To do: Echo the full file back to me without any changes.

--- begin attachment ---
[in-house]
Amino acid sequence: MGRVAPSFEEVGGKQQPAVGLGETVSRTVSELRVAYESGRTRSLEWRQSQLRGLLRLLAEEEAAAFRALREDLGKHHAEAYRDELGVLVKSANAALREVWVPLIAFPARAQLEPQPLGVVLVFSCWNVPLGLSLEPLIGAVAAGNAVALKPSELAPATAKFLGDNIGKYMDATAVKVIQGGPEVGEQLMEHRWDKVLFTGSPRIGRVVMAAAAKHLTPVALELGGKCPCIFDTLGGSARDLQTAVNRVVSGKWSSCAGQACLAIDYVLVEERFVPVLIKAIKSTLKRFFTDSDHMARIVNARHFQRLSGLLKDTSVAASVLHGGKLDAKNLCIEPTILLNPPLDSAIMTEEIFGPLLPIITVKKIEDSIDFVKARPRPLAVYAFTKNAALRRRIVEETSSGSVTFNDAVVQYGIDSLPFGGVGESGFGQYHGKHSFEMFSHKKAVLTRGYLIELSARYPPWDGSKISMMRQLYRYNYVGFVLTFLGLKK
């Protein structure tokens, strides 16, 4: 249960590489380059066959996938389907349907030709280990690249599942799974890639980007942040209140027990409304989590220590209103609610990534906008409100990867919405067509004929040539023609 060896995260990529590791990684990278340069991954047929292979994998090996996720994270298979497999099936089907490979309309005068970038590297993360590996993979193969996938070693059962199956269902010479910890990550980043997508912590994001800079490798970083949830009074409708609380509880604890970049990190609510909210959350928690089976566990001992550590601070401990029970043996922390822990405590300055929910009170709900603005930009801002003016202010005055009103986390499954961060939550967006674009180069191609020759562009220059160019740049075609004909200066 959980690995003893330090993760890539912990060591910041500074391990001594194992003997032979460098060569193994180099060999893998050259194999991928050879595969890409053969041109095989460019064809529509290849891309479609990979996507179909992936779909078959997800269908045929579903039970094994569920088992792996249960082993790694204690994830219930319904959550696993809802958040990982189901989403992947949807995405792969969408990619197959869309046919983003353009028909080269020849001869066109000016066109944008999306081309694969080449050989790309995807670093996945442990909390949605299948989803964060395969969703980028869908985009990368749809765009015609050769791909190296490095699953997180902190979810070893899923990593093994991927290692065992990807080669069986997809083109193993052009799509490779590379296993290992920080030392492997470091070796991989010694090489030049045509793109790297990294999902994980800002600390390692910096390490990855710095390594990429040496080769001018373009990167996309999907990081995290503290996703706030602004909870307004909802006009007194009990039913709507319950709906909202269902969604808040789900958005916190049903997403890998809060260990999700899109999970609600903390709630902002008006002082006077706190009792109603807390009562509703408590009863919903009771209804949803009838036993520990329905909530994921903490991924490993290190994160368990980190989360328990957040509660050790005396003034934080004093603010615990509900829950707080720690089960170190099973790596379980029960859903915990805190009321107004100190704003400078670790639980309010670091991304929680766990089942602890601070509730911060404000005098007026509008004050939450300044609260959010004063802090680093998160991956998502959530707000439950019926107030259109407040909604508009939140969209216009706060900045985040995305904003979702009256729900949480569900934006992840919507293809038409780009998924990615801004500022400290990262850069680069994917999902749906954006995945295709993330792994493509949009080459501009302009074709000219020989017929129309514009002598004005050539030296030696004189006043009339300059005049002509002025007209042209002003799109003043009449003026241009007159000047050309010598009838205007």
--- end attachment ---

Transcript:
[in-house]
Amino acid sequence: MGRVAPSFEEVGGKQQPAVGLGETVSRTVSELRVAYESGRTRSLEWRQSQLRGLLRLLAEEEAAAFRALREDLGKHHAEAYRDELGVLVKSANAALREVWVPLIAFPARAQLEPQPLGVVLVFSCWNVPLGLSLEPLIGAVAAGNAVALKPSELAPATAKFLGDNIGKYMDATAVKVIQGGPEVGEQLMEHRWDKVLFTGSPRIGRVVMAAAAKHLTPVALELGGKCPCIFDTLGGSARDLQTAVNRVVSGKWSSCAGQACLAIDYVLVEERFVPVLIKAIKSTLKRFFTDSDHMARIVNARHFQRLSGLLKDTSVAASVLHGGKLDAKNLCIEPTILLNPPLDSAIMTEEIFGPLLPIITVKKIEDSIDFVKARPRPLAVYAFTKNAALRRRIVEETSSGSVTFNDAVVQYGIDSLPFGGVGESGFGQYHGKHSFEMFSHKKAVLTRGYLIELSARYPPWDGSKISMMRQLYRYNYVGFVLTFLGLKK
């Protein structure tokens, strides 16, 4: 249960590489380059066959996938389907349907030709280990690249599942799974890639980007942040209140027990409304989590220590209103609610990534906008409100990867919405067509004929040539023609 060896995260990529590791990684990278340069991954047929292979994998090996996720994270298979497999099936089907490979309309005068970038590297993360590996993979193969996938070693059962199956269902010479910890990550980043997508912590994001800079490798970083949830009074409708609380509880604890970049990190609510909210959350928690089976566990001992550590601070401990029970043996922390822990405590300055929910009170709900603005930009801002003016202010005055009103986390499954961060939550967006674009180069191609020759562009220059160019740049075609004909200066 959980690995003893330090993760890539912990060591910041500074391990001594194992003997032979460098060569193994180099060999893998050259194999991928050879595969890409053969041109095989460019064809529509290849891309479609990979996507179909992936779909078959997800269908045929579903039970094994569920088992792996249960082993790694204690994830219930319904959550696993809802958040990982189901989403992947949807995405792969969408990619197959869309046919983003353009028909080269020849001869066109000016066109944008999306081309694969080449050989790309995807670093996945442990909390949605299948989803964060395969969703980028869908985009990368749809765009015609050769791909190296490095699953997180902190979810070893899923990593093994991927290692065992990807080669069986997809083109193993052009799509490779590379296993290992920080030392492997470091070796991989010694090489030049045509793109790297990294999902994980800002600390390692910096390490990855710095390594990429040496080769001018373009990167996309999907990081995290503290996703706030602004909870307004909802006009007194009990039913709507319950709906909202269902969604808040789900958005916190049903997403890998809060260990999700899109999970609600903390709630902002008006002082006077706190009792109603807390009562509703408590009863919903009771209804949803009838036993520990329905909530994921903490991924490993290190994160368990980190989360328990957040509660050790005396003034934080004093603010615990509900829950707080720690089960170190099973790596379980029960859903915990805190009321107004100190704003400078670790639980309010670091991304929680766990089942602890601070509730911060404000005098007026509008004050939450300044609260959010004063802090680093998160991956998502959530707000439950019926107030259109407040909604508009939140969209216009706060900045985040995305904003979702009256729900949480569900934006992840919507293809038409780009998924990615801004500022400290990262850069680069994917999902749906954006995945295709993330792994493509949009080459501009302009074709000219020989017929129309514009002598004005050539030296030696004189006043009339300059005049002509002025007209042209002003799109003043009449003026241009007159000047050309010598009838205007």